» Seniors with Adult Children With Disabilities Need to Consider Special Needs Trusts

Seniors with Adult Children With Disabilities Need to Consider Special Needs Trusts

New York, NY (Law Firm Newswire) August 30, 2012 - More people with developmental disabilities are living to adulthood and even into their senior years.

Littman Krooks Founding Partner, Bernard A Krooks

The average life expectancy for someone born with Down Syndrome in the United States was nine years of age in the 1920s, and approximately 25 years of age in 1983. As of 2011, life expectancy for someone with Down Syndrome is 60 years of age.

This dramatic increase in lifespan and quality of life for someone with Down Syndrome is a testament to the benefits of early childhood intervention, medical breakthroughs and an ever-increasing number of community-based resources. However, adults with special needs living longer means that they also need a longer span of support; more adult children with disabilities need their primary caregivers, their parents, to care for them for longer than before. Meanwhile, the primary caregivers are aging as well, leading to a growing number of seniors caring for their adult children with special needs.

According to "The Graying of Disabled America," medical issues can complicate the caregiving further, as some adults with disabilities age physically earlier than others. “Individuals with mental retardation and neuromotor disabilities may experience the effects of aging earlier than individuals without mental retardation or neuromotor disorders,” said Jeffrey H. Minde, C.S.W. and Andrea R. Friedman, M.Ed. “Twelve percent of all people with developmental disabilities are over the age of 65 years. This translates to approximately 500,000 individuals or more.”

Senior adults with dependent children may wish to explore the option of establishing a Special Needs Trust. Assets from a Special Needs Trust can be used to pay for medical services not covered by Medicaid, for a residence for the beneficiary and enrichment expenses.

There are three types of SNTs to consider: a first party special needs trust, funded with assets from the beneficiary; a pooled special needs trust, also funded with assets but managed by a nonprofit organization, when there is no legal guardian available to establish the trust; and a third party supplemental needs trust, funded with assets from others.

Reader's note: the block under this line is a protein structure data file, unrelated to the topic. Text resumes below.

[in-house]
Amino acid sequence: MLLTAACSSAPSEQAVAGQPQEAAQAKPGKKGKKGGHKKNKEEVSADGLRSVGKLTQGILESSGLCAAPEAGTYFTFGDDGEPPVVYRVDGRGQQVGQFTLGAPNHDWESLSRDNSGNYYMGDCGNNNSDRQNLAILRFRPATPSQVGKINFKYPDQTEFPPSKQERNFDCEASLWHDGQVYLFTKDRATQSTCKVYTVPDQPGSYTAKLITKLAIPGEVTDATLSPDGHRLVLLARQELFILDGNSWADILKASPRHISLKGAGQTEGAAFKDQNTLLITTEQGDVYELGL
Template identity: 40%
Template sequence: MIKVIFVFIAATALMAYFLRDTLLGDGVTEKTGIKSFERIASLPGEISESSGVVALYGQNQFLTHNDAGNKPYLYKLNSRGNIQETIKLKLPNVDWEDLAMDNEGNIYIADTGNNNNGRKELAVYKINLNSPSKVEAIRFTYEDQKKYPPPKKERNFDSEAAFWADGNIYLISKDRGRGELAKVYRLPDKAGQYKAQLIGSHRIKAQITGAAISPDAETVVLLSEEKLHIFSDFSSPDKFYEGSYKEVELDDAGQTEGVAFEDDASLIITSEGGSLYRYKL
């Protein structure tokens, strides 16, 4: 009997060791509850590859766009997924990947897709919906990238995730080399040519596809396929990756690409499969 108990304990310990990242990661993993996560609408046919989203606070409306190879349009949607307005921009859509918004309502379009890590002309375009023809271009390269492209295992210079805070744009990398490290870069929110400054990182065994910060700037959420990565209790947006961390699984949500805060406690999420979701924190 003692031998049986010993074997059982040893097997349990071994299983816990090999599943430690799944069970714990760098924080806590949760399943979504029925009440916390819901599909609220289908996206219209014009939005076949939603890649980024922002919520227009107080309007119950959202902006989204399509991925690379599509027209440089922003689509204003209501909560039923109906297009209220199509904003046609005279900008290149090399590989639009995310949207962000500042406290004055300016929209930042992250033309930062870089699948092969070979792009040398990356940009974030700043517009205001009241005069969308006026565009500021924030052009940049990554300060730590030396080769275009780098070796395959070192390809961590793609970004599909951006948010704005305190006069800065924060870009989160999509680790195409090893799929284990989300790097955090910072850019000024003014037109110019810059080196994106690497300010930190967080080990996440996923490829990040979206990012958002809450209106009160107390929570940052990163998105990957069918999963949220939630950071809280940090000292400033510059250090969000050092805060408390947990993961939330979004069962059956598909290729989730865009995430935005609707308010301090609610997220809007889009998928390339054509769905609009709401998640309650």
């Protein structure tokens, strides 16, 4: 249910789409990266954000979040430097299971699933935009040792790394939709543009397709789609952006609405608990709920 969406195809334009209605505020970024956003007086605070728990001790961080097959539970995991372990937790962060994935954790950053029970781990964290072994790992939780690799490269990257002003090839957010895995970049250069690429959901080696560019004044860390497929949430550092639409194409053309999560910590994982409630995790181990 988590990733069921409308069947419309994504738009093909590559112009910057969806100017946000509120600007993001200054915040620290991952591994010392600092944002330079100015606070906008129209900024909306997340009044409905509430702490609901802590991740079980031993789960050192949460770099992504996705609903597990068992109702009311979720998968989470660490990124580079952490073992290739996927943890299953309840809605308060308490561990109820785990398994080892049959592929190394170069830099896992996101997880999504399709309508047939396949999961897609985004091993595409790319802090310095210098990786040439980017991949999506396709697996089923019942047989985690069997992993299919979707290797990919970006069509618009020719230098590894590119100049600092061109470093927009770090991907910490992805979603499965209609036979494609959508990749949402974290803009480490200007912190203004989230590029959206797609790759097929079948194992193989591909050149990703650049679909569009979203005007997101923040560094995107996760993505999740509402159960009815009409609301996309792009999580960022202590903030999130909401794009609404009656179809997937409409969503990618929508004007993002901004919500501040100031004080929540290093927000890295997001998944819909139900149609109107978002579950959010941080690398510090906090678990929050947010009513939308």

Each Special Needs Trust has strengths and weaknesses, depending on the individual requirements and circumstances. It is advisable to work with an attorney experienced in special needs planning, estate planning and elder law to explore what options are available.

About Littman Krooks
Littman Krooks LLP provides sophisticated legal advice and the high level of expertise ordinarily associated with large law firms along with the personal attention and responsiveness of smaller firms. These ingredients, which are the cornerstone of effective representation and are necessary to a successful lawyer/client relationship, have become the foundation of the firm’s success.

Littman Krooks LLP offers legal services in several areas of law, including elder law, estate planning, special needs planning, special education advocacy, and corporate and securities. Their offices are located at 399 Knollwood Road, White Plains, New York; 655 Third Avenue, New York, New York; and 300 Westage Business Center Drive, Fishkill, New York. Visit the firm’s website at http://www.littmankrooks.com.

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Maria M. Brill
Littman Krooks LLP
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